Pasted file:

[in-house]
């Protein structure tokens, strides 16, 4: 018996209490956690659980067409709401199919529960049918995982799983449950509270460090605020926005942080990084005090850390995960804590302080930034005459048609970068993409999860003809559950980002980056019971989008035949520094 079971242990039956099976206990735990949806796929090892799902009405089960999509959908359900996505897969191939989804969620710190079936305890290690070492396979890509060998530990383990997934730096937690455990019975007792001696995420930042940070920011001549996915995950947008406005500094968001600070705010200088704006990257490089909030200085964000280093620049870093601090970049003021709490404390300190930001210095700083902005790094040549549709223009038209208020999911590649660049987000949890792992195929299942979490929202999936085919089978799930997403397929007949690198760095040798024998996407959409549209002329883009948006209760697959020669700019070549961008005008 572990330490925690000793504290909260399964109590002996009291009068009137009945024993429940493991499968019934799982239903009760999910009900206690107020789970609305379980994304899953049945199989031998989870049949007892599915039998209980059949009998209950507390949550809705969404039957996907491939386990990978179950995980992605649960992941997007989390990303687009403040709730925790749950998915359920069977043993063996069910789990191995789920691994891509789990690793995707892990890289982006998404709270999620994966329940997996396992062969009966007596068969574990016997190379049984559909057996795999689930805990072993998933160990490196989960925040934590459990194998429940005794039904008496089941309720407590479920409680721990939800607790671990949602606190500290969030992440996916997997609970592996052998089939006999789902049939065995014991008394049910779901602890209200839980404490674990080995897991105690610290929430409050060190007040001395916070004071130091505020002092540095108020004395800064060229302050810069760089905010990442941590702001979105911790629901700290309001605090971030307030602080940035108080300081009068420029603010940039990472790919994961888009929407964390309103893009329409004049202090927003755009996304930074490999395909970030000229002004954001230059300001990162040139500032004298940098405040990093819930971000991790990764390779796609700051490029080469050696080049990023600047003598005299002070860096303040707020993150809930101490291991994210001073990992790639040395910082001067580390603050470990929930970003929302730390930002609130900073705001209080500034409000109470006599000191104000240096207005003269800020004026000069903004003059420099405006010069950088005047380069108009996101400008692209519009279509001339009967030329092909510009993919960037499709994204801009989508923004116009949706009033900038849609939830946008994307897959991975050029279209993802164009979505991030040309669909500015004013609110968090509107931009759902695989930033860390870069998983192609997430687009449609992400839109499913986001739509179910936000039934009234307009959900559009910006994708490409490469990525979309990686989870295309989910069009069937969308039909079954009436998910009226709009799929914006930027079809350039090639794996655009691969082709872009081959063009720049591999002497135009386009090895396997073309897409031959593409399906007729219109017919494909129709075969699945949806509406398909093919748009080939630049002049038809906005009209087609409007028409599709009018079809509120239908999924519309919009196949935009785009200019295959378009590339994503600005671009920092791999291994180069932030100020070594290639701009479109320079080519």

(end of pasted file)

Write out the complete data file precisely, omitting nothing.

[in-house]
């Protein structure tokens, strides 16, 4: 018996209490956690659980067409709401199919529960049918995982799983449950509270460090605020926005942080990084005090850390995960804590302080930034005459048609970068993409999860003809559950980002980056019971989008035949520094 079971242990039956099976206990735990949806796929090892799902009405089960999509959908359900996505897969191939989804969620710190079936305890290690070492396979890509060998530990383990997934730096937690455990019975007792001696995420930042940070920011001549996915995950947008406005500094968001600070705010200088704006990257490089909030200085964000280093620049870093601090970049003021709490404390300190930001210095700083902005790094040549549709223009038209208020999911590649660049987000949890792992195929299942979490929202999936085919089978799930997403397929007949690198760095040798024998996407959409549209002329883009948006209760697959020669700019070549961008005008 572990330490925690000793504290909260399964109590002996009291009068009137009945024993429940493991499968019934799982239903009760999910009900206690107020789970609305379980994304899953049945199989031998989870049949007892599915039998209980059949009998209950507390949550809705969404039957996907491939386990990978179950995980992605649960992941997007989390990303687009403040709730925790749950998915359920069977043993063996069910789990191995789920691994891509789990690793995707892990890289982006998404709270999620994966329940997996396992062969009966007596068969574990016997190379049984559909057996795999689930805990072993998933160990490196989960925040934590459990194998429940005794039904008496089941309720407590479920409680721990939800607790671990949602606190500290969030992440996916997997609970592996052998089939006999789902049939065995014991008394049910779901602890209200839980404490674990080995897991105690610290929430409050060190007040001395916070004071130091505020002092540095108020004395800064060229302050810069760089905010990442941590702001979105911790629901700290309001605090971030307030602080940035108080300081009068420029603010940039990472790919994961888009929407964390309103893009329409004049202090927003755009996304930074490999395909970030000229002004954001230059300001990162040139500032004298940098405040990093819930971000991790990764390779796609700051490029080469050696080049990023600047003598005299002070860096303040707020993150809930101490291991994210001073990992790639040395910082001067580390603050470990929930970003929302730390930002609130900073705001209080500034409000109470006599000191104000240096207005003269800020004026000069903004003059420099405006010069950088005047380069108009996101400008692209519009279509001339009967030329092909510009993919960037499709994204801009989508923004116009949706009033900038849609939830946008994307897959991975050029279209993802164009979505991030040309669909500015004013609110968090509107931009759902695989930033860390870069998983192609997430687009449609992400839109499913986001739509179910936000039934009234307009959900559009910006994708490409490469990525979309990686989870295309989910069009069937969308039909079954009436998910009226709009799929914006930027079809350039090639794996655009691969082709872009081959063009720049591999002497135009386009090895396997073309897409031959593409399906007729219109017919494909129709075969699945949806509406398909093919748009080939630049002049038809906005009209087609409007028409599709009018079809509120239908999924519309919009196949935009785009200019295959378009590339994503600005671009920092791999291994180069932030100020070594290639701009479109320079080519």